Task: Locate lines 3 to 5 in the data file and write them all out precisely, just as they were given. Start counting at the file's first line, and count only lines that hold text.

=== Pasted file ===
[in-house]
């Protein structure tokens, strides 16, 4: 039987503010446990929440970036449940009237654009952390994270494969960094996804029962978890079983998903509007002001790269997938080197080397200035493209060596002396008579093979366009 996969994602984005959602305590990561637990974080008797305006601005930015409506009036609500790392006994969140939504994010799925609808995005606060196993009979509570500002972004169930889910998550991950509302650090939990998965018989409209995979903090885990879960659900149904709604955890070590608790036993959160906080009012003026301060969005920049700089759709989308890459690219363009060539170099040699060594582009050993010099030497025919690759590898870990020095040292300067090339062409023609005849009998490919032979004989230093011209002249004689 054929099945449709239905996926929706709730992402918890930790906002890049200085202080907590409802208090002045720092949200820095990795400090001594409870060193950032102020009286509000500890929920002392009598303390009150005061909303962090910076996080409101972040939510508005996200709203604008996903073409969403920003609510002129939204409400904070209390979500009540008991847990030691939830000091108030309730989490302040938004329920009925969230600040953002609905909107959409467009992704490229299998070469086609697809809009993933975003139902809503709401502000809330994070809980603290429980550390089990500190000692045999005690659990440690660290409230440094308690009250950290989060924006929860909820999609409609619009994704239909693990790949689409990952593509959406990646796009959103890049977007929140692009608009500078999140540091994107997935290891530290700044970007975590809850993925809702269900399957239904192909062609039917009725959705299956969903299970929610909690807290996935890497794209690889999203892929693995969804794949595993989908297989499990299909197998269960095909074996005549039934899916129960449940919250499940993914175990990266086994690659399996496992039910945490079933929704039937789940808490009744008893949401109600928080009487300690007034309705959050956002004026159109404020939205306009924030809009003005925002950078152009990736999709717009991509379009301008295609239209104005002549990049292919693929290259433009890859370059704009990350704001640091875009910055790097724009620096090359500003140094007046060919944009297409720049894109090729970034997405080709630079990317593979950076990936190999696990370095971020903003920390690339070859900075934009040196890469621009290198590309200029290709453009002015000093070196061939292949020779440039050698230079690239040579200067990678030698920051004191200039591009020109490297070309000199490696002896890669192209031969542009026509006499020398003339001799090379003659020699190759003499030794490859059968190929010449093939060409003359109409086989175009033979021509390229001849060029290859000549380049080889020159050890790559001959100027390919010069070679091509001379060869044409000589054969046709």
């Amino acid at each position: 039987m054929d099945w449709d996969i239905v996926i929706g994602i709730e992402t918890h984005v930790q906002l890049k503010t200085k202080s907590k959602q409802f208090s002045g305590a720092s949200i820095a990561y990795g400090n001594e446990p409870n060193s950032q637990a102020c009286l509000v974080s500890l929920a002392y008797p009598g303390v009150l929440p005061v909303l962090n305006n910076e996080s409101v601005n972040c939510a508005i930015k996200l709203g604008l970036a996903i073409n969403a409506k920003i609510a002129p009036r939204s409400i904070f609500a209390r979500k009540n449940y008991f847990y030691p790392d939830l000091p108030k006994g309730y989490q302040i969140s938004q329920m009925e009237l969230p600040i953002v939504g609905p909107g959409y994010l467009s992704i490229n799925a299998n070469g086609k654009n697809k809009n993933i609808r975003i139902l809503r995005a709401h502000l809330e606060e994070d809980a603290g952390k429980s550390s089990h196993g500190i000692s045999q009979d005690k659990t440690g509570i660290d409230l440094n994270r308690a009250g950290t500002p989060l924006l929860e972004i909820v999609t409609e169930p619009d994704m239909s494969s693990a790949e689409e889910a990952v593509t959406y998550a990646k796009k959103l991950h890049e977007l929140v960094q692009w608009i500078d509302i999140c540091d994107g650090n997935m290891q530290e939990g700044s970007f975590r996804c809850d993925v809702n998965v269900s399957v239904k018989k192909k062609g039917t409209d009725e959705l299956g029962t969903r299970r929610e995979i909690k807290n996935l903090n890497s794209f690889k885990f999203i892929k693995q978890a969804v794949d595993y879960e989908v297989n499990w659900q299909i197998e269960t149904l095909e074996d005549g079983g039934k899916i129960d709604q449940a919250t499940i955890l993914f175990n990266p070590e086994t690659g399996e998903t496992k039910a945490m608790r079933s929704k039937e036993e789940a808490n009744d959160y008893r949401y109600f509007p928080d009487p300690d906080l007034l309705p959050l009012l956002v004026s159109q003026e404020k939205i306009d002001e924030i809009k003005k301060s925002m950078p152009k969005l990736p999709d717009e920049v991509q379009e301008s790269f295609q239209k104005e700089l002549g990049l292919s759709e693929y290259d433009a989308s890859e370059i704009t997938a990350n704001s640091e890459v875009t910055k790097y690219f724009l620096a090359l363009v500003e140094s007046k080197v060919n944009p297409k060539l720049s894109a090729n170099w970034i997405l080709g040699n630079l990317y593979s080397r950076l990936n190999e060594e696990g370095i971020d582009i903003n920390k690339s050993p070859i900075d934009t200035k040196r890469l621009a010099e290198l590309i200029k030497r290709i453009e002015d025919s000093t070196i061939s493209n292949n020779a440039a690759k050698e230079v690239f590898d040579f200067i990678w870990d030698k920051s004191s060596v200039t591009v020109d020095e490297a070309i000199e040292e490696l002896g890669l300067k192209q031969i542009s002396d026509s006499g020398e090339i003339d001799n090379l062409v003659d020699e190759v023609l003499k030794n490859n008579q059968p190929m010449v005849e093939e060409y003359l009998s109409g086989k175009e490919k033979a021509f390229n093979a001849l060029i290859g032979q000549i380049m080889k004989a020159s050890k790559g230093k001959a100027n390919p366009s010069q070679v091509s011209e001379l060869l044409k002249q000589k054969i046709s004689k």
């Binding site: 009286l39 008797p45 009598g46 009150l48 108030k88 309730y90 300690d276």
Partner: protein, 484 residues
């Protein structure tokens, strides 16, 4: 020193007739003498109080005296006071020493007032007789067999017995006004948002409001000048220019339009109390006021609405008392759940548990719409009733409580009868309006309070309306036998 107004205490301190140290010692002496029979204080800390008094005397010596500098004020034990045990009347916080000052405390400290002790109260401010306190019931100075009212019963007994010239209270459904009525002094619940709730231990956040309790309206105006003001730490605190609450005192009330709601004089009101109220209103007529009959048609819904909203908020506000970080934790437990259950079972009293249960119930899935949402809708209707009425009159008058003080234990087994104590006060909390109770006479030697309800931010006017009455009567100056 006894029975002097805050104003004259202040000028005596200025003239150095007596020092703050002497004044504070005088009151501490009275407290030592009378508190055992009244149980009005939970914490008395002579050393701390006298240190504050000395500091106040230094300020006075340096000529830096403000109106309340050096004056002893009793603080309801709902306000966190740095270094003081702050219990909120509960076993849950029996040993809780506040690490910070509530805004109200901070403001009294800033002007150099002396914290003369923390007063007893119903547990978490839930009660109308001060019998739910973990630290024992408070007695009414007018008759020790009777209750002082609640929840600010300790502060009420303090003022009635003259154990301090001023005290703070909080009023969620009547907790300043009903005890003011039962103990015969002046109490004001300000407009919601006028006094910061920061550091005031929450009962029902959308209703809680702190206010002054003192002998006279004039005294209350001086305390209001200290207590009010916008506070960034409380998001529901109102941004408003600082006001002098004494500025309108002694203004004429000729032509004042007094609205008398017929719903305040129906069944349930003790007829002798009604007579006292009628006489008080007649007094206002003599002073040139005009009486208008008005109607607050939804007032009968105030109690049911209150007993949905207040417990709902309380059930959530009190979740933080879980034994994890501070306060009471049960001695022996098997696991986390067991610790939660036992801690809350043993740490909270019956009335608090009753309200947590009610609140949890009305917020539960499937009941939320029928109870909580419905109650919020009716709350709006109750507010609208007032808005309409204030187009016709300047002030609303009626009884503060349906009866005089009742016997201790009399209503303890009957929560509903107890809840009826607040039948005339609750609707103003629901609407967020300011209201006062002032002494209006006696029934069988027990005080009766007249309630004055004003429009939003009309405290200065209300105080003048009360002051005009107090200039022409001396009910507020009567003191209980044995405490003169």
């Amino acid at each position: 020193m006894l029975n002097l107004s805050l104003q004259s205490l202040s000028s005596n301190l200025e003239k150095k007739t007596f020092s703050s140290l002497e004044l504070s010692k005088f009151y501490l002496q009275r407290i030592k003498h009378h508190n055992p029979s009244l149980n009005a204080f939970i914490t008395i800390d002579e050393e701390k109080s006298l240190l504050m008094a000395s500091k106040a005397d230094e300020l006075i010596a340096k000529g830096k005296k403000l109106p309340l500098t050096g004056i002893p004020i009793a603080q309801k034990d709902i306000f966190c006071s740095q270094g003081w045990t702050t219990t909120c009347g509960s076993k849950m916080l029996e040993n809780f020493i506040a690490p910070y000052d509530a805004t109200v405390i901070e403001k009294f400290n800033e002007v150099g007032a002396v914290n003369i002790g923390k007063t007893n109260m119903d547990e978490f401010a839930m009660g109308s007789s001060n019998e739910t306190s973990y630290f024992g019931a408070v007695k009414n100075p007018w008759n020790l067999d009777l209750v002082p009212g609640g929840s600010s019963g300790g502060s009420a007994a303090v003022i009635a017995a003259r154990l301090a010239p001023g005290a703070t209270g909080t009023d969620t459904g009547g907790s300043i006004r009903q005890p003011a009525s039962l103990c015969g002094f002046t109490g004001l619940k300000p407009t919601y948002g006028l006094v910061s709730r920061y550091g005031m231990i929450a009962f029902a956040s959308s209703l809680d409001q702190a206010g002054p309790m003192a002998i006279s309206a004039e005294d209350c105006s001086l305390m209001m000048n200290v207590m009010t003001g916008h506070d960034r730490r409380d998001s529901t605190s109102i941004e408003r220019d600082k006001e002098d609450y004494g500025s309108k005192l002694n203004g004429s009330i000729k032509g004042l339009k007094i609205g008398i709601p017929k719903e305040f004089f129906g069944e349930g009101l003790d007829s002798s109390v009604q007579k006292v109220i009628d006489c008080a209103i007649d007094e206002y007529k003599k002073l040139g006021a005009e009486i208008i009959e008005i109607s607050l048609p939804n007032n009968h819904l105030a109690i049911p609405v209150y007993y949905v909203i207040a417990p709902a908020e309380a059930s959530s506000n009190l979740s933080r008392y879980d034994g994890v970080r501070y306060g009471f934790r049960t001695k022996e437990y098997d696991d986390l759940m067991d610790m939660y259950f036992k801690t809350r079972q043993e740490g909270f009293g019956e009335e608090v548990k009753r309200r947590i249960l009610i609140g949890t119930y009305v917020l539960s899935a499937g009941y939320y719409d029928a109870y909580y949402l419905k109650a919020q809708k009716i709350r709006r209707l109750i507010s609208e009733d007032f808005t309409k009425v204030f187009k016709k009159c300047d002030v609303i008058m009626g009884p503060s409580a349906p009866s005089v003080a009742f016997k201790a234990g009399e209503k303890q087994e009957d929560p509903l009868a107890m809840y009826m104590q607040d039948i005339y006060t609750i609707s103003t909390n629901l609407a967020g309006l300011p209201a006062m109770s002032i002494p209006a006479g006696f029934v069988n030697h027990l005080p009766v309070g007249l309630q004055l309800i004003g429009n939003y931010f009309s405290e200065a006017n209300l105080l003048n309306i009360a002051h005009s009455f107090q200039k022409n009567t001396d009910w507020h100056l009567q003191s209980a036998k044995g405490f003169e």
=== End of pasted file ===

């Amino acid at each position: 039987m054929d099945w449709d996969i239905v996926i929706g994602i709730e992402t918890h984005v930790q906002l890049k503010t200085k202080s907590k959602q409802f208090s002045g305590a720092s949200i820095a990561y990795g400090n001594e446990p409870n060193s950032q637990a102020c009286l509000v974080s500890l929920a002392y008797p009598g303390v009150l929440p005061v909303l962090n305006n910076e996080s409101v601005n972040c939510a508005i930015k996200l709203g604008l970036a996903i073409n969403a409506k920003i609510a002129p009036r939204s409400i904070f609500a209390r979500k009540n449940y008991f847990y030691p790392d939830l000091p108030k006994g309730y989490q302040i969140s938004q329920m009925e009237l969230p600040i953002v939504g609905p909107g959409y994010l467009s992704i490229n799925a299998n070469g086609k654009n697809k809009n993933i609808r975003i139902l809503r995005a709401h502000l809330e606060e994070d809980a603290g952390k429980s550390s089990h196993g500190i000692s045999q009979d005690k659990t440690g509570i660290d409230l440094n994270r308690a009250g950290t500002p989060l924006l929860e972004i909820v999609t409609e169930p619009d994704m239909s494969s693990a790949e689409e889910a990952v593509t959406y998550a990646k796009k959103l991950h890049e977007l929140v960094q692009w608009i500078d509302i999140c540091d994107g650090n997935m290891q530290e939990g700044s970007f975590r996804c809850d993925v809702n998965v269900s399957v239904k018989k192909k062609g039917t409209d009725e959705l299956g029962t969903r299970r929610e995979i909690k807290n996935l903090n890497s794209f690889k885990f999203i892929k693995q978890a969804v794949d595993y879960e989908v297989n499990w659900q299909i197998e269960t149904l095909e074996d005549g079983g039934k899916i129960d709604q449940a919250t499940i955890l993914f175990n990266p070590e086994t690659g399996e998903t496992k039910a945490m608790r079933s929704k039937e036993e789940a808490n009744d959160y008893r949401y109600f509007p928080d009487p300690d906080l007034l309705p959050l009012l956002v004026s159109q003026e404020k939205i306009d002001e924030i809009k003005k301060s925002m950078p152009k969005l990736p999709d717009e920049v991509q379009e301008s790269f295609q239209k104005e700089l002549g990049l292919s759709e693929y290259d433009a989308s890859e370059i704009t997938a990350n704001s640091e890459v875009t910055k790097y690219f724009l620096a090359l363009v500003e140094s007046k080197v060919n944009p297409k060539l720049s894109a090729n170099w970034i997405l080709g040699n630079l990317y593979s080397r950076l990936n190999e060594e696990g370095i971020d582009i903003n920390k690339s050993p070859i900075d934009t200035k040196r890469l621009a010099e290198l590309i200029k030497r290709i453009e002015d025919s000093t070196i061939s493209n292949n020779a440039a690759k050698e230079v690239f590898d040579f200067i990678w870990d030698k920051s004191s060596v200039t591009v020109d020095e490297a070309i000199e040292e490696l002896g890669l300067k192209q031969i542009s002396d026509s006499g020398e090339i003339d001799n090379l062409v003659d020699e190759v023609l003499k030794n490859n008579q059968p190929m010449v005849e093939e060409y003359l009998s109409g086989k175009e490919k033979a021509f390229n093979a001849l060029i290859g032979q000549i380049m080889k004989a020159s050890k790559g230093k001959a100027n390919p366009s010069q070679v091509s011209e001379l060869l044409k002249q000589k054969i046709s004689k």
């Binding site: 009286l39 008797p45 009598g46 009150l48 108030k88 309730y90 300690d276």
Partner: protein, 484 residues